Port resident tackles children’s literature

Port resident tackles children’s literature
Dave Kerpen's book "Normal" can be pre-ordered online. (Courtesy of Publishizer)

Writing books is an old hat for Port Washington resident Dave Kerpen, the co-founder of Likeable Media whose published work has appeared on the New York Times Bestseller List.

But his newest project presented a different challenge.

“It’s my first fiction book, and the first one that is aimed at children,” Kerpen said of his upcoming novel “Normal.”

The novel, aimed at children in grades four through seven, tells the stories of four 12-year-old children growing up in New York City.

There is David, a Jewish boy living in Brooklyn with a bipolar father, two younger brothers, and an overwhelmed mother; Tiffany, an Italian-American girl in Queens with an alcoholic father, older sister and working-class mom; Albert, a Chinese-American only child living in Manhattan’s Chinatown, whose father recently left his conservative, traditional mother for a man and came out as gay; and Alexa,  an African-American girl living in the Bronx who is adjusting to life with a new, difficult step-mom after her mother passed away.

Kerpen said that he was inspired to write the book by his daughter.

“My kids have been saying for years, ‘you should write a book we can read,'” he recalled. “After I published my last book, my daughter said ‘We’ve been asking for a book for a couple of years,’ so I looked her in the eyes and said I would start on it right now.”

Kerpen said that the character of David is based on his own experiences growing up in Brooklyn. The other characters were based on friends he had as a child and on his children’s friends in Port Washington.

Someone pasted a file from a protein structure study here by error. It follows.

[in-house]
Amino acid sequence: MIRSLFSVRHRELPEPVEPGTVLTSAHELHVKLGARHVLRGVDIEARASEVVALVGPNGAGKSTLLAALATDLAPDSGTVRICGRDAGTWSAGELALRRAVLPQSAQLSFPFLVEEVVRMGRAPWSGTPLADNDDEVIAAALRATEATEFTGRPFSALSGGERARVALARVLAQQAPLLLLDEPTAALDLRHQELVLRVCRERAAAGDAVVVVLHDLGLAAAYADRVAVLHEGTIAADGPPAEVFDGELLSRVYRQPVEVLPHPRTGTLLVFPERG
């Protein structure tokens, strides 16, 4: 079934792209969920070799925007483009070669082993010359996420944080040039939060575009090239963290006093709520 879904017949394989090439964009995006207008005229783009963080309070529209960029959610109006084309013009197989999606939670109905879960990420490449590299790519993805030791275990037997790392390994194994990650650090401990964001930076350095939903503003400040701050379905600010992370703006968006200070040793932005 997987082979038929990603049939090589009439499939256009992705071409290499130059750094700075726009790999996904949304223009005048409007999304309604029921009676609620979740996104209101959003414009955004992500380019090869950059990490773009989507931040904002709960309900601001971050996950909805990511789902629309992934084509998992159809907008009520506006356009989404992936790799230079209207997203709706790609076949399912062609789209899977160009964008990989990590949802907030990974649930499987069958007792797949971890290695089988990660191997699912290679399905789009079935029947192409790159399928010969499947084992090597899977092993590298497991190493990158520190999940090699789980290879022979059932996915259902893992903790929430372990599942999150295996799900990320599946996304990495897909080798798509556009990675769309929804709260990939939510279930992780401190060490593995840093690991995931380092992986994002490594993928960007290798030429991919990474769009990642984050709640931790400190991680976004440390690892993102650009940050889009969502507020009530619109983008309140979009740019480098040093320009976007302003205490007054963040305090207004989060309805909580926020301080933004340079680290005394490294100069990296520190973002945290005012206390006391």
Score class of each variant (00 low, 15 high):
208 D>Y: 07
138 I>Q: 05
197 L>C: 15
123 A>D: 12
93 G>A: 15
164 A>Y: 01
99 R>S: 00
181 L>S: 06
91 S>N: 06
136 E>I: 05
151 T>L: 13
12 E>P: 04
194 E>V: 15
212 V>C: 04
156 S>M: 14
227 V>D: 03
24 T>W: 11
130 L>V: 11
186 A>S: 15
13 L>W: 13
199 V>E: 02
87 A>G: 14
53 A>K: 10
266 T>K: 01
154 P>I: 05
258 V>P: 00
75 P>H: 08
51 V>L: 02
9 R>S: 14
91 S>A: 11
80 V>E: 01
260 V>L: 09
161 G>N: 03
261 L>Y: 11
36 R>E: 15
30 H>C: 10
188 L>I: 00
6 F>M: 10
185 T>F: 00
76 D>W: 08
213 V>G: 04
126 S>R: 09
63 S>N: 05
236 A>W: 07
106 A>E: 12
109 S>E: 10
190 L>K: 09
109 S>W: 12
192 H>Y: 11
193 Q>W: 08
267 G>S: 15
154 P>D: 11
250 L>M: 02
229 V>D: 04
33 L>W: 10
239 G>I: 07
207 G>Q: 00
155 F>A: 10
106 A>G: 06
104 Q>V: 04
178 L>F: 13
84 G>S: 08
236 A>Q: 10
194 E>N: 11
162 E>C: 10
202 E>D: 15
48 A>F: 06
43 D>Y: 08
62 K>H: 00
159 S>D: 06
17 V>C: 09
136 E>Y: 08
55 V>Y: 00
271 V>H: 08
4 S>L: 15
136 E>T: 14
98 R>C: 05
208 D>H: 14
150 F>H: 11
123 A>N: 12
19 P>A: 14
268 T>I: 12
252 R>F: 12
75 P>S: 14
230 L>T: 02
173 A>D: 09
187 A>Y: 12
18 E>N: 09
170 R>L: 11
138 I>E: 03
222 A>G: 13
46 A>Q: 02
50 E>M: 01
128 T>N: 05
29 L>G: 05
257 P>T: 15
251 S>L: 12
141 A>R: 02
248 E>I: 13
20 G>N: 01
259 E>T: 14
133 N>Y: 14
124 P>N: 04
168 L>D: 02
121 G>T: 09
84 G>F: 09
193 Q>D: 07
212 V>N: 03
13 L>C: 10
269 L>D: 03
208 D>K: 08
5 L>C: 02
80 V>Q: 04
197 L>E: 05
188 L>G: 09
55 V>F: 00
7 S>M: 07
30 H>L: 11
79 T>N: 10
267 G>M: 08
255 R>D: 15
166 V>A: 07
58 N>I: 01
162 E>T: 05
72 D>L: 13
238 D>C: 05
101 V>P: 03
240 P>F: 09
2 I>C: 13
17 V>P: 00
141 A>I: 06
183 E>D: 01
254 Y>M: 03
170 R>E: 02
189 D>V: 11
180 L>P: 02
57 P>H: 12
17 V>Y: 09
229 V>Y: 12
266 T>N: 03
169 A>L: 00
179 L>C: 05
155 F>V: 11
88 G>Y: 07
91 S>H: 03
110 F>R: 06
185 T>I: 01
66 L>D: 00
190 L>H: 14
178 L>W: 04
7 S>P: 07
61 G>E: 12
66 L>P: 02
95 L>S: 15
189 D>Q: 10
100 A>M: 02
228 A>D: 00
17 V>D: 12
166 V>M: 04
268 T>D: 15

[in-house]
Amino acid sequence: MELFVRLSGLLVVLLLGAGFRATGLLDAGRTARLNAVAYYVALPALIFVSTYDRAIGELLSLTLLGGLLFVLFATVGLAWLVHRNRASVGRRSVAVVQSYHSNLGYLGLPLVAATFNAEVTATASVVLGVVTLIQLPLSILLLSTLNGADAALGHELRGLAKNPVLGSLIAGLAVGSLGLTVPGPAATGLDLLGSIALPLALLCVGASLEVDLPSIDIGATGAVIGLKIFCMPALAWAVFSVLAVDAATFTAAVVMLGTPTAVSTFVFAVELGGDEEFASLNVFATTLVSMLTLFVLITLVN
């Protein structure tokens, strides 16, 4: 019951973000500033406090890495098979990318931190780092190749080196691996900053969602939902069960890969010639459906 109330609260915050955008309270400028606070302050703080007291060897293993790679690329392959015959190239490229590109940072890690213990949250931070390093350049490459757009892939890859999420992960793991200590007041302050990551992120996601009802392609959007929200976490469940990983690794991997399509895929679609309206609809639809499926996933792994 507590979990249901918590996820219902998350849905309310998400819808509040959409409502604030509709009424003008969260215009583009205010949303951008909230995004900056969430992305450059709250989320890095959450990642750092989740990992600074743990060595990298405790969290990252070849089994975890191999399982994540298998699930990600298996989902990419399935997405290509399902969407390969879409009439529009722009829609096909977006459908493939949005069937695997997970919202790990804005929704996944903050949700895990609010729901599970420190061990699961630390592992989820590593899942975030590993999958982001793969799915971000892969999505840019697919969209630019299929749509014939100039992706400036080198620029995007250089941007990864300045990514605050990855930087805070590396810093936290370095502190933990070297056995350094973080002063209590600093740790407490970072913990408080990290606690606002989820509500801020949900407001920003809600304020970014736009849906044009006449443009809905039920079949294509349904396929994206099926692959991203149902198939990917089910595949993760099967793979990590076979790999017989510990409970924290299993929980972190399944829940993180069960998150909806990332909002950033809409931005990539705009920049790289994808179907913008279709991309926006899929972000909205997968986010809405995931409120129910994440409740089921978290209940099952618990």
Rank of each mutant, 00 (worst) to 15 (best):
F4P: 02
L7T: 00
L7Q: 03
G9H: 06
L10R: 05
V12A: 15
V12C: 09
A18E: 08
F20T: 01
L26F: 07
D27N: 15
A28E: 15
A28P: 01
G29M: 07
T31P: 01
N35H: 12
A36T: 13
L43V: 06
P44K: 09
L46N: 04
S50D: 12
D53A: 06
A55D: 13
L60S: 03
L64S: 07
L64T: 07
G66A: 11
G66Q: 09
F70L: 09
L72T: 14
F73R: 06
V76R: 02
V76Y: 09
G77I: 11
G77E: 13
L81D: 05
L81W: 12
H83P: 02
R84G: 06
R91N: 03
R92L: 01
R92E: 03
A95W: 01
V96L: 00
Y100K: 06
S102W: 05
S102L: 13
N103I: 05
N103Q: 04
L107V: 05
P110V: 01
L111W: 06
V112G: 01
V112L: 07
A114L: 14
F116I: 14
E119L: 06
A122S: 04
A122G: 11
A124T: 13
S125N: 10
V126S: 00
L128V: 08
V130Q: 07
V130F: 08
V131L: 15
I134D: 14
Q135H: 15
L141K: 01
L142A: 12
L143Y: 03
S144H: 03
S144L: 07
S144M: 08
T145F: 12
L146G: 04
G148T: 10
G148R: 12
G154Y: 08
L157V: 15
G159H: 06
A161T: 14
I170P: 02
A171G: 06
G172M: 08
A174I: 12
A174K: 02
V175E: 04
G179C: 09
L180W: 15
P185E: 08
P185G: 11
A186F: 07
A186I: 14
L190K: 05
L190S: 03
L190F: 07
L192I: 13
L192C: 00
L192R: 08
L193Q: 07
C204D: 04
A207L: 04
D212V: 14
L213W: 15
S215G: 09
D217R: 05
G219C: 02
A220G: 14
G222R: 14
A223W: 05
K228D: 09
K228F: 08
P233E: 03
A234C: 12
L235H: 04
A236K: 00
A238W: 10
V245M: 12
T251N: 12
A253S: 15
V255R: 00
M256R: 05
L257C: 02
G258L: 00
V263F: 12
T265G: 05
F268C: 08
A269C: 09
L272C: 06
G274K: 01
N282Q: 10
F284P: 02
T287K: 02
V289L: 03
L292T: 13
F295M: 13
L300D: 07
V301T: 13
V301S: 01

Of course, being a child then and being a child now are very different.

“I’m fortunate that I work in am industry — social media — that forced me to keep up with what the kids are doing in a way that most people in my generation haven’t,” Kerpen said. “One of the characters escapes the circumstances of her life by using Snapchat [a popular messaging app]. I didn’t have a smartphone growing up, I would go play Nintendo instead. But kids today, they log into Snapcaht or Instagram.”

As for writing the book itself, Kerpen thought it would be more of a challenge. His four previous were all self-help books targeted at adults. But once he got started writing, he said he found the process to be pretty straightforward.

“When I started writing it I thought I should use simple language, but my previous books are straightforward and… not jargon-y,” he said. “So I tried to write it the same way. The hardest part of fiction is getting into the heads of the characters, especially the three that were not based on me.”

The message that he hopes that children take from the book — along with their parents and teachers — is that being normal is overrated.

“While kids strive for normalcy, the real win is when you understand that your uniqueness is awesome and that’s what makes you special,” Kerpen said.

Kerpen said that breaking into children’s literature is difficult, even for a bestselling author. So he partnered with Publishizer to set up a pre-order system. Once a certain number of preorders are reached, the book will be published for stores and schools. He said he expects the physical book to hit shelves in early 2019.

The book can be preordered at publishizer.com/normal/.

Reach reporter Luke Torrance by email at [email protected], by phone at 516-307-1045, ext. 214, or follow him on Twitter @LukeATorrance.

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